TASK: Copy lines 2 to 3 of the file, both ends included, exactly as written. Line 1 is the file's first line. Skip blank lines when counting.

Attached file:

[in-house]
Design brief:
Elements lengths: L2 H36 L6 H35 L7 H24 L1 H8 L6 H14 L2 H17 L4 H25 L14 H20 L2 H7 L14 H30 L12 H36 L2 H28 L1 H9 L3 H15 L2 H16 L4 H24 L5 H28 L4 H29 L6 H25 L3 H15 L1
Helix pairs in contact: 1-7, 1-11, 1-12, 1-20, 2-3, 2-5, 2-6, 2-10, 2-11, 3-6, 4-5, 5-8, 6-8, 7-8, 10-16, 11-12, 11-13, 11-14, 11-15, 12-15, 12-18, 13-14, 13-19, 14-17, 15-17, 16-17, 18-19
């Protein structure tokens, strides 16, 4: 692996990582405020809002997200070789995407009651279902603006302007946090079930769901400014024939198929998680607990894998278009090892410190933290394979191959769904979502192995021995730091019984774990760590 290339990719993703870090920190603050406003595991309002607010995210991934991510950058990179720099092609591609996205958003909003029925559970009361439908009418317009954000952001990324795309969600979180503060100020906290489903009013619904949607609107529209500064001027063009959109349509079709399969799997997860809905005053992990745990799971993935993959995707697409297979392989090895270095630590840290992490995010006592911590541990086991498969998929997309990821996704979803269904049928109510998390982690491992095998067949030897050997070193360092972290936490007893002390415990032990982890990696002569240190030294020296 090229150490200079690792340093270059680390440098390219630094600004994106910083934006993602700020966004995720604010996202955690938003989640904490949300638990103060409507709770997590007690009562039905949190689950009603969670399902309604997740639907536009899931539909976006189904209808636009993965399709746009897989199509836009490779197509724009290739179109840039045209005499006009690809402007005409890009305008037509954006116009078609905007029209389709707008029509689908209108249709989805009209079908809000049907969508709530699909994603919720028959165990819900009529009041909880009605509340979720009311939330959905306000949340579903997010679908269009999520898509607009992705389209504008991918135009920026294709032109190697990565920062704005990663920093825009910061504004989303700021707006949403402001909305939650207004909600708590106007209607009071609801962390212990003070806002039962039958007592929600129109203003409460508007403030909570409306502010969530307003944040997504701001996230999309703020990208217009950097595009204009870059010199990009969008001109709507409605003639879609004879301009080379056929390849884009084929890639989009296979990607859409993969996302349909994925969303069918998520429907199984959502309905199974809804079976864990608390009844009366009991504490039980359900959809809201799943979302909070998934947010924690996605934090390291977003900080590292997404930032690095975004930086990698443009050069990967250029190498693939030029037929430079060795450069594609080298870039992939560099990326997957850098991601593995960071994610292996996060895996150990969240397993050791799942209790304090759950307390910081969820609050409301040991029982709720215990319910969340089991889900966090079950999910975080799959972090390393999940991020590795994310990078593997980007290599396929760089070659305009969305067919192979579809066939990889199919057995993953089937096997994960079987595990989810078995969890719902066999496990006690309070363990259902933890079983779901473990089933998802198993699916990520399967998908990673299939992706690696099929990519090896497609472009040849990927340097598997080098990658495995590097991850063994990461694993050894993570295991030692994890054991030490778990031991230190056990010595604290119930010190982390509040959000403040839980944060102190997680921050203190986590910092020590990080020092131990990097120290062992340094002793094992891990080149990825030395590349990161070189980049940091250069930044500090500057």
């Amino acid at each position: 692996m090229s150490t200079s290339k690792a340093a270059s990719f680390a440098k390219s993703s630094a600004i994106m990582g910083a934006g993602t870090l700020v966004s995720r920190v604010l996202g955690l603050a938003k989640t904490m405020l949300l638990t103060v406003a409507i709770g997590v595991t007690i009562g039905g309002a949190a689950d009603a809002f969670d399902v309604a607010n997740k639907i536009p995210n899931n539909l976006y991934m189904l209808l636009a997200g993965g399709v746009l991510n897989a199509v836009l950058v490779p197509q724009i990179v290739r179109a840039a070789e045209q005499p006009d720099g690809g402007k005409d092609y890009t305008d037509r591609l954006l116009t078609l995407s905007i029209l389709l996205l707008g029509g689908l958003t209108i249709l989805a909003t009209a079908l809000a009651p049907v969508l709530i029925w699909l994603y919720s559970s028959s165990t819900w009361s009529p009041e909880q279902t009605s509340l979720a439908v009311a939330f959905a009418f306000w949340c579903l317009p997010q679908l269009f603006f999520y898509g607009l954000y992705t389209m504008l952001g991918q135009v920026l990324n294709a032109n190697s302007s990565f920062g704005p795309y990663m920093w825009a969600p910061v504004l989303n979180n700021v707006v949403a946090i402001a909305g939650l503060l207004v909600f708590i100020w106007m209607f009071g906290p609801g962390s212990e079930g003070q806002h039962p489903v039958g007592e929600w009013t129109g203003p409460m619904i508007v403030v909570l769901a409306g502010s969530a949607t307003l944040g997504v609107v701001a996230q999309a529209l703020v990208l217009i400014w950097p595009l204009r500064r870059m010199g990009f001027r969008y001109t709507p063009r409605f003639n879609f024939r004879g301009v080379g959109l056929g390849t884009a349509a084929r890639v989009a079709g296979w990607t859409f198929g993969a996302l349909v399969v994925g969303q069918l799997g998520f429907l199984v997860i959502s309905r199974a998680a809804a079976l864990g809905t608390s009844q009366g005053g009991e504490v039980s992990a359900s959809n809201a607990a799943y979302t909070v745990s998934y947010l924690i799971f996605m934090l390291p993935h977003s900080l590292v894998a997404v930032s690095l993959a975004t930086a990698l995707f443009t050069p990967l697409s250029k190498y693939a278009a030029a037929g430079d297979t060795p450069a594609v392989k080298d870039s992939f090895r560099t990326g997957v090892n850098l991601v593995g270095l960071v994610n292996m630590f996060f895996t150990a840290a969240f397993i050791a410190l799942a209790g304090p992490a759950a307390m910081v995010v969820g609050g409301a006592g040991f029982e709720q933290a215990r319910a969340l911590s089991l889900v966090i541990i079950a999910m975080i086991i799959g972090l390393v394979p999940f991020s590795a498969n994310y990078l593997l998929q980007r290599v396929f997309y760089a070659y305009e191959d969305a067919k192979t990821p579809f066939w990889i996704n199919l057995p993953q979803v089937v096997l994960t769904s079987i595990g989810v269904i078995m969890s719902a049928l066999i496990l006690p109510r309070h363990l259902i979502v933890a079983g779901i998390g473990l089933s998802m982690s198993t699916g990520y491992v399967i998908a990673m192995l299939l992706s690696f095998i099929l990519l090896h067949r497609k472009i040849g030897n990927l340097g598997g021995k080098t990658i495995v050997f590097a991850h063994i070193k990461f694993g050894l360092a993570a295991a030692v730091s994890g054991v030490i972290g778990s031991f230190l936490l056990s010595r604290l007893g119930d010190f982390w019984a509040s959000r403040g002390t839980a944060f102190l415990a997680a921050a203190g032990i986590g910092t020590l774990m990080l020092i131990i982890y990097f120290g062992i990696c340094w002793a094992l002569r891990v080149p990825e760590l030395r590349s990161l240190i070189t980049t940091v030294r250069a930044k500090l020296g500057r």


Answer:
Design brief:
Elements lengths: L2 H36 L6 H35 L7 H24 L1 H8 L6 H14 L2 H17 L4 H25 L14 H20 L2 H7 L14 H30 L12 H36 L2 H28 L1 H9 L3 H15 L2 H16 L4 H24 L5 H28 L4 H29 L6 H25 L3 H15 L1